Sorting, joins, aggregations and the use of subqueries in
IN operator in PostgreSQL may require a lot of memory for internal sorting operations and hash tables. When PostgreSQL requires more memory to perform one of those operations than
work_mem parameter allows, it uses temp files on disk. That may be significantly slower than performing identical operations in memory.
Sort Method: external merge Disk: <XXXX>kB show up in
EXPLAIN ANALYZE output for an expensive query if that happens.
work_mem may be increased to make such queries faster. It should be set to something higher than those
EXPLAIN ANALYZE output for the query with increased
work_mem to pick a value that makes the
...external merge Disk... message disappear. The value may sometimes be almost double of those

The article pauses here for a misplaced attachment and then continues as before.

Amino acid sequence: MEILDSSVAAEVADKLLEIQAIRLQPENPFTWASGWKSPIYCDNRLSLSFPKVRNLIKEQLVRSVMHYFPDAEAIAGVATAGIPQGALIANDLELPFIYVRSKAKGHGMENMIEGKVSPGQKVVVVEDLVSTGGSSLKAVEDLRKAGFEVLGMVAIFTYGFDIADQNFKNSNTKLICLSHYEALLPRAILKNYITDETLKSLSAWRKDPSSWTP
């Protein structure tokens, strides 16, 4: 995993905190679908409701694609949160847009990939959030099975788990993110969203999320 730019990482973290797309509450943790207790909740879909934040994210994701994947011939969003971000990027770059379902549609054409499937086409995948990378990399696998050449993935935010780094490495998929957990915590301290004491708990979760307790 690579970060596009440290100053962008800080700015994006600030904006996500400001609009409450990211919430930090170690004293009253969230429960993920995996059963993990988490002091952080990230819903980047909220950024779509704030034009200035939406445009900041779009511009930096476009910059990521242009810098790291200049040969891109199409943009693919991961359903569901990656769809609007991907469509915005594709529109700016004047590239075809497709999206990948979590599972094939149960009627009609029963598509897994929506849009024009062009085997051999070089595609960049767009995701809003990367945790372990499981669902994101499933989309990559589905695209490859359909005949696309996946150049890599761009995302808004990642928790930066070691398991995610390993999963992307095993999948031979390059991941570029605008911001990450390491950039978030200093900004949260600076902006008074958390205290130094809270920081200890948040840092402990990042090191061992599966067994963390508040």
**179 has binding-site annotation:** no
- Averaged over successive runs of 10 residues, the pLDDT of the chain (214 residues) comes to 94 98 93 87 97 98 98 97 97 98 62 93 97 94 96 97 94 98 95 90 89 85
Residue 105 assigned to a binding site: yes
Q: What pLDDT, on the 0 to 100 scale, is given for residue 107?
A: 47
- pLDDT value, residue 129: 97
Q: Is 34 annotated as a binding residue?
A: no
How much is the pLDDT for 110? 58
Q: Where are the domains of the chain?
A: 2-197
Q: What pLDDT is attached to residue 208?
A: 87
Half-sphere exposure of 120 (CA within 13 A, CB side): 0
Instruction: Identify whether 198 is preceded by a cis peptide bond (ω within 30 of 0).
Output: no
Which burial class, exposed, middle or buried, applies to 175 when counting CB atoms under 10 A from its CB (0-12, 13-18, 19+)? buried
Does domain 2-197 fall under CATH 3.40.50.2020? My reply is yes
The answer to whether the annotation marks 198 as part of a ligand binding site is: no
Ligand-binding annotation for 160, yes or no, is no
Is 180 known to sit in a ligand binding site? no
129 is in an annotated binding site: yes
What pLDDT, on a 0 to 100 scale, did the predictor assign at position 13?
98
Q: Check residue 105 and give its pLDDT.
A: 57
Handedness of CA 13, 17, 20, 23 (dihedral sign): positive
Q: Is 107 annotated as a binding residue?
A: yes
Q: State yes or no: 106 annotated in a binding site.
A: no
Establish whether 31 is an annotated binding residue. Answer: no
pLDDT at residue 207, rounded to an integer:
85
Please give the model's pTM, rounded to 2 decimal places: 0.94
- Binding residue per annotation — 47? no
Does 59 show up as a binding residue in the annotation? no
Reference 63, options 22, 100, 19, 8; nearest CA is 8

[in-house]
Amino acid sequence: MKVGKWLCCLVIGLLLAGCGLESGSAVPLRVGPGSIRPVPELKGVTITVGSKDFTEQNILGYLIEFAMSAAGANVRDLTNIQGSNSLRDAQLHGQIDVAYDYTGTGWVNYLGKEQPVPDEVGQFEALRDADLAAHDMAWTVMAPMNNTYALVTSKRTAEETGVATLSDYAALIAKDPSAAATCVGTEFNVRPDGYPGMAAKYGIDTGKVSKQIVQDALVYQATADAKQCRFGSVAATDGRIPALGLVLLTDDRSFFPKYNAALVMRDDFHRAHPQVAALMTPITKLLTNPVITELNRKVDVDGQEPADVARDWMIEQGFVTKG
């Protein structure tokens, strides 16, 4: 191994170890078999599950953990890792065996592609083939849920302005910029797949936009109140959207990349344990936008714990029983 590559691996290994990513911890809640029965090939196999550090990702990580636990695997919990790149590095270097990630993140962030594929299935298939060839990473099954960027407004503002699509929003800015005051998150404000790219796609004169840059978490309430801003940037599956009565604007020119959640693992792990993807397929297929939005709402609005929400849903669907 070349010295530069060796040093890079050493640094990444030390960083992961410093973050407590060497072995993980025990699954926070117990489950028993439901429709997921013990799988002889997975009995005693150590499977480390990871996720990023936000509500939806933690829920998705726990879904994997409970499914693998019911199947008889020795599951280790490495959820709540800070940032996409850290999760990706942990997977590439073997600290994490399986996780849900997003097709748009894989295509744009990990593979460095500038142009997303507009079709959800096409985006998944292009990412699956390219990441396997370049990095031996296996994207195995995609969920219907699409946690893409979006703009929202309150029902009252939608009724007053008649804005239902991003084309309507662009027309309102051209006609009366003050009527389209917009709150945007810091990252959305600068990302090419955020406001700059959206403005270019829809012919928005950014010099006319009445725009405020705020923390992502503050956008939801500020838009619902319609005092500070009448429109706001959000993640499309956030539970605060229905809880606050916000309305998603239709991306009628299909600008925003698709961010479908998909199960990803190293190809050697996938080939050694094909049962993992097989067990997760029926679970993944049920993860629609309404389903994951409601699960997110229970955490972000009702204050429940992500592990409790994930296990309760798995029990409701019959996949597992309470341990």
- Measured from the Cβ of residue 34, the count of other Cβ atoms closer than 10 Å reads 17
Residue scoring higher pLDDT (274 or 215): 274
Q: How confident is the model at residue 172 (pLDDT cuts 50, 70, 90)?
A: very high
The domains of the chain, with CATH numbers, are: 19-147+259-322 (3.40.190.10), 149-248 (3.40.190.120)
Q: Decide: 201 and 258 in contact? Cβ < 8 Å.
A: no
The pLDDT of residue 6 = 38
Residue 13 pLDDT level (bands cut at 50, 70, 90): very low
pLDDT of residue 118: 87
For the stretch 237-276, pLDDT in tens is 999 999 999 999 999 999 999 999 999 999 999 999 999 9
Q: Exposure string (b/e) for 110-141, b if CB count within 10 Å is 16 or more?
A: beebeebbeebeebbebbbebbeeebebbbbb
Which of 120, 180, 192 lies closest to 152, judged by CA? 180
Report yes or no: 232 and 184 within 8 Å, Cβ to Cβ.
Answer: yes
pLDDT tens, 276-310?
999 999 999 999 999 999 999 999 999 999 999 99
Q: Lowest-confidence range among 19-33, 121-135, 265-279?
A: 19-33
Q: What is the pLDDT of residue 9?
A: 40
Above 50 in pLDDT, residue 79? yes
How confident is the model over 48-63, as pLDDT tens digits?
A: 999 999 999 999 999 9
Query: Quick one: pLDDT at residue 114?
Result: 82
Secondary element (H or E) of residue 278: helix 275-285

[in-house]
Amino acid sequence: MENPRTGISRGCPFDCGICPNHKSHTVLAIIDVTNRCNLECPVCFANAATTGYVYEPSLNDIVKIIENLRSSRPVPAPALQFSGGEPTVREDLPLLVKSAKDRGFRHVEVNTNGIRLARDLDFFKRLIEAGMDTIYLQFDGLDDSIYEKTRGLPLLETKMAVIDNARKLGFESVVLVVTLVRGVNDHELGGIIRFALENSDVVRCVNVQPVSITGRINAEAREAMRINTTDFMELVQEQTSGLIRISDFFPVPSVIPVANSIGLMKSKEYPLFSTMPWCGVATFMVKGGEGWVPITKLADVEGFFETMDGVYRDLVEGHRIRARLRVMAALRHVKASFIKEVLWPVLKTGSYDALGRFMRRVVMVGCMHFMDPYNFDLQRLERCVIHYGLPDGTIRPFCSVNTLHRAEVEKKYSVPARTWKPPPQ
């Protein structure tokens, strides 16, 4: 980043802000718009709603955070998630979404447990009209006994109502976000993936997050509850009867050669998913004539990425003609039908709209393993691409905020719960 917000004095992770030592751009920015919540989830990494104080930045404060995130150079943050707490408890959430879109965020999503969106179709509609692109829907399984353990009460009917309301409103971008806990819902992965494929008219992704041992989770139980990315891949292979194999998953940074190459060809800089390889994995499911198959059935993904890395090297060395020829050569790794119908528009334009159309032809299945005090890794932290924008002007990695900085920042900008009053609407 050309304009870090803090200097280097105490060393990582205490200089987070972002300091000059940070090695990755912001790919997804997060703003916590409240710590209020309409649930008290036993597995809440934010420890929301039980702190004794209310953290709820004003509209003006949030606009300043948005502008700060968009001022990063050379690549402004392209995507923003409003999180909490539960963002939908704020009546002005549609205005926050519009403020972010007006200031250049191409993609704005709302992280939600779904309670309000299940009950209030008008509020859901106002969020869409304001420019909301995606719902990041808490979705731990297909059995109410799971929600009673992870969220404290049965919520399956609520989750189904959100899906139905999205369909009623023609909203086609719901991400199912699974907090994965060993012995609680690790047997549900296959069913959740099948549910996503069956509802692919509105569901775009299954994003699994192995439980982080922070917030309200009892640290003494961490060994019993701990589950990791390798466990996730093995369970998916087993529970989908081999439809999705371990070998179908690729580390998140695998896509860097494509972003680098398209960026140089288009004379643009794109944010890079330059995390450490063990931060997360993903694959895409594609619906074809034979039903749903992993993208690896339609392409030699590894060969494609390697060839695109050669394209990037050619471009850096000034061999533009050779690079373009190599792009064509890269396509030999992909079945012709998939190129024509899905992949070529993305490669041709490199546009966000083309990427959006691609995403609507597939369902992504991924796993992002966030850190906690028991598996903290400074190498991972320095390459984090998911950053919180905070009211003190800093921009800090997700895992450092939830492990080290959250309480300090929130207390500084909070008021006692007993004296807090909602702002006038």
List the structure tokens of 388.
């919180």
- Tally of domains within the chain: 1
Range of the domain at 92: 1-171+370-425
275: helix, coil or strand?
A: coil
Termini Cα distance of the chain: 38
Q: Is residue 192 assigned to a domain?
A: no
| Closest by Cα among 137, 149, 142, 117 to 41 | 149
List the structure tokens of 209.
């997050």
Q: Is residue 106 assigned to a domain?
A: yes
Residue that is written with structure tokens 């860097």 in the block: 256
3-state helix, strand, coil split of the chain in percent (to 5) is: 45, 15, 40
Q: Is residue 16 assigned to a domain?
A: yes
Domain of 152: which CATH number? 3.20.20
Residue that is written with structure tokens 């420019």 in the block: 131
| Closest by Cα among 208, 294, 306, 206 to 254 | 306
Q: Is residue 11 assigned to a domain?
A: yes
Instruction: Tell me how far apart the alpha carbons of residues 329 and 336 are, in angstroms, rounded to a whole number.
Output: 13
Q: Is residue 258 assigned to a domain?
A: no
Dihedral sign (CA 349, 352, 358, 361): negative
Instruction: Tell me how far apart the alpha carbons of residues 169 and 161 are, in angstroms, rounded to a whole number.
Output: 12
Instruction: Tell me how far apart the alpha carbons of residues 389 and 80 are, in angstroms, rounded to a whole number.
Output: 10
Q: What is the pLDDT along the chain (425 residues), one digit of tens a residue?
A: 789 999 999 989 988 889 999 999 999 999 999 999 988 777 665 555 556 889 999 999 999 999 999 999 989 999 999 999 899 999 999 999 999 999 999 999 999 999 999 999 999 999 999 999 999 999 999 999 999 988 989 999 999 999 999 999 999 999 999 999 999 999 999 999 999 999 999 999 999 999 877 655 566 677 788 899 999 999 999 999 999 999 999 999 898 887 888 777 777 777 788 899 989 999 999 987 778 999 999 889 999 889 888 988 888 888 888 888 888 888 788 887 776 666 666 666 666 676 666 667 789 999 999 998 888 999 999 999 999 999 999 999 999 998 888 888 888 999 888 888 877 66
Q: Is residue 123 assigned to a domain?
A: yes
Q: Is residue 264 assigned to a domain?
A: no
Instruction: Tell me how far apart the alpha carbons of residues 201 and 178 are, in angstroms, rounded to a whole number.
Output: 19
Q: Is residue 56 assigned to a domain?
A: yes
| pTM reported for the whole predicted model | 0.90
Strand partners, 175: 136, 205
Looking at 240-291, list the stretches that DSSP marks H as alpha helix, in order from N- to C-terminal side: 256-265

The default value for
work_mem can be set on the database server level, for an individual session and even for an individual transaction. That allows to fine tune memory usage only for expensive queries without affecting the users and connections that perform inexpensive queries.
It is important to remember that PostgreSQL uses up to
work_mem of memory for each sorting operation or hash table in a query. In other words, if a query has four operations like that, PostgreSQL may use four times
work_mem of memory.
This example shows how to allow a specific expensive query to use up to 256 MB of real memory to perform sorting and then resets
work_mem for this session to the default value for the server.
SET work_mem = '256MB'; select * from users order by lower(display_name); RESET work_mem;
This example sets
work_mem for a single transaction and then resets it to the default value for the server.
SET LOCAL work_mem = '256MB'; explain analyze select * from users order by lower(display_name);